Debugging Ontologies using OWL Reasoning, Part 3: robot explain

This is the 3rd part in a series. See part two.

In the first part of this series, I covered the use of disjointness axioms to make it easier to detect logical errors in your ontologies, and how you could use robot reason as part of an ontology release workflow to avoid accidentally releasing incoherent ontologies.

In the second part I covered unintentional inference of equivalence axioms – something that is not inherently incoherent, yet is usually unintended, and how to configure robot to catch these.

In both cases, the standard operating procedure was:

  • Detect the incoherency using robot
  • Diagnose the incoherency using the “explain” feature in Protege
  • Repair the problem my removing or changing offending axioms, either in your ontology (or if you are unlucky, the issue is upstream and you need to coordinate with the developer of an upstream ontology)

In practice, repairing these issues can be very hard. This is compounded if the ontology uses complex hard-to-mentally-reason-over OWL axioms involving deep nesting and unusual features, or if the ontology has ad-hoc axioms not conforming to design patterns. Sometimes even experienced ontology developers can be confounded by long complex chains of axioms in explanations.

But never fear! Help is at hand, there are many in the OBO community who can help! I always recommend making an issue in GitHub as soon as you detect an incoherency. However, you want to avoid having other people do the duplicative work of diagnosing the incoherency. They may need to clone your repo, fire up Protege, wait for the reasoner to sync, etc. You can help people help you by providing as much information up-front as possible.

Previously my recommendation was to paste a screenshot of the Protege explanation in the ticket. This helps a lot as often I can look at one of these and immediately tell what the problem is and how to fix it.

But this was highly imperfect. Screenshots are not searchable by the GitHub search interface, they are not accessible, and the individual classes in the screenshot are not hyperlinked.

A relatively new feature of robot is the explain command, which allows you to generate explanations without firing up Protege. Furthermore, you can generate explanations in markdown format, and if you paste this markdown directly into a ticket it will render beautifully, with all terms clickable!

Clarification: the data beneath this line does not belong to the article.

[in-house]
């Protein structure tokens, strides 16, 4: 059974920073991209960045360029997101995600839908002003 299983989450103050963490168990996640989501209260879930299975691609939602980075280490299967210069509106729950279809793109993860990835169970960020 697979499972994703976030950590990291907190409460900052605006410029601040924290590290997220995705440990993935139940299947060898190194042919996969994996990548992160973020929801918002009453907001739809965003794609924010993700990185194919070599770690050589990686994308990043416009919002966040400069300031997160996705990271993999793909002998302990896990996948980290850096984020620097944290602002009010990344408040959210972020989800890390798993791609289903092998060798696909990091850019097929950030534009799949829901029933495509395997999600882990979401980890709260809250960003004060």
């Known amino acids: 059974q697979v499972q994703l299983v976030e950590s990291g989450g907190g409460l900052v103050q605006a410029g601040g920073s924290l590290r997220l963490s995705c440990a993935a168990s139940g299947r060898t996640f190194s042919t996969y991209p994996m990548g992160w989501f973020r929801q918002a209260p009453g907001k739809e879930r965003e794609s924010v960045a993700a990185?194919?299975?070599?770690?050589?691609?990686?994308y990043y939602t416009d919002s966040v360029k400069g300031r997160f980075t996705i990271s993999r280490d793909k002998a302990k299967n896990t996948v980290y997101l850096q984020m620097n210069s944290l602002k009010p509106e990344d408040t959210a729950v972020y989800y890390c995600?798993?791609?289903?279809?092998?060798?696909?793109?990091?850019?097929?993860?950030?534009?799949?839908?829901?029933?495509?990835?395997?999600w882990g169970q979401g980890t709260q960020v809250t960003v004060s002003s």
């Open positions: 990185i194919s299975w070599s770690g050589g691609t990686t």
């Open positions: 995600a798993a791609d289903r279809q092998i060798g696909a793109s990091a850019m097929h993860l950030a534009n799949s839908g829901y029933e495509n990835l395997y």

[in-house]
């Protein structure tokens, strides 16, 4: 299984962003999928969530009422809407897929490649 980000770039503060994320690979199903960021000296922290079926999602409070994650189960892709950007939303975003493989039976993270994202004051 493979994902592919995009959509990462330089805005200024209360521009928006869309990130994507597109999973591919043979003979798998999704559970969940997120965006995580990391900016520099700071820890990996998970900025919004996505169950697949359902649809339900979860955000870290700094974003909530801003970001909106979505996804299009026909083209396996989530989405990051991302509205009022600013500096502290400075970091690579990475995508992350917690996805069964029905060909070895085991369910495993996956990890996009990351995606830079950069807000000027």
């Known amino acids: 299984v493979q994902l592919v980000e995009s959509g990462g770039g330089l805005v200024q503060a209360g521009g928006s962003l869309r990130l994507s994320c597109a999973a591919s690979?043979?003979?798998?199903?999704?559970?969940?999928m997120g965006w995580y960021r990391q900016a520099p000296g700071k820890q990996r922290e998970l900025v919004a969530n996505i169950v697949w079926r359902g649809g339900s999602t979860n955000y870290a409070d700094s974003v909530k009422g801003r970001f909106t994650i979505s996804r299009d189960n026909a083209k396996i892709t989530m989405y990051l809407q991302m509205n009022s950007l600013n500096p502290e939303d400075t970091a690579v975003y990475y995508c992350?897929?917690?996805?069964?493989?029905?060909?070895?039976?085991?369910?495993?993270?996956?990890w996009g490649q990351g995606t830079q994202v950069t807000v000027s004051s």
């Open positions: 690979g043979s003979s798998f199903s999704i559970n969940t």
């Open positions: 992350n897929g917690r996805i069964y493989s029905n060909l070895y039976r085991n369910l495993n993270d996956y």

A recent example was debugging an issue related to fog in ENVO. As someone who lives in the Bay Area, I have a lot of familiarity with fog.

The explanation is rendered as nested lists:

Both the relations (object properties) and classes are hyperlinked, so if you want to find out more about rime just click on it.

In this case the issue is caused by the use of  results in formation of where the subject is a material entity, whereas it is intended for processes. This was an example of a “cryptic incoherency”. It went undetected because the complete set of RO axioms were not imported into ENVO (I will cover imports and their challenges in a future post)

The robot explain command is quite flexible, as can be seen from the online help. I usually use it set to report all incoherencies (unsatisfiable classes plus inconsistencies). Sometimes if you have an unsatisfiable class high up in the hierarchy (or high up in the existential dependency graph) then all subclasses/dependent classes will be unsastifiable. In these cases it can help to hone in on the root cause, so the “mode” option can help here.

File:Golden Fog, San Francisco.jpg - Wikimedia Commons

About Chris Mungall
Computer Research Scientist at Berkeley Lab. Interests: AI / Ontologies / Bioinformatics. Projects: GO, Monarch, Alliance, OBOFoundry, NMDC

2 Responses to Debugging Ontologies using OWL Reasoning, Part 3: robot explain

  1. Louis J Rumanes says:

    Thanks, but the link to Part 2 goes to http://reasoning/.

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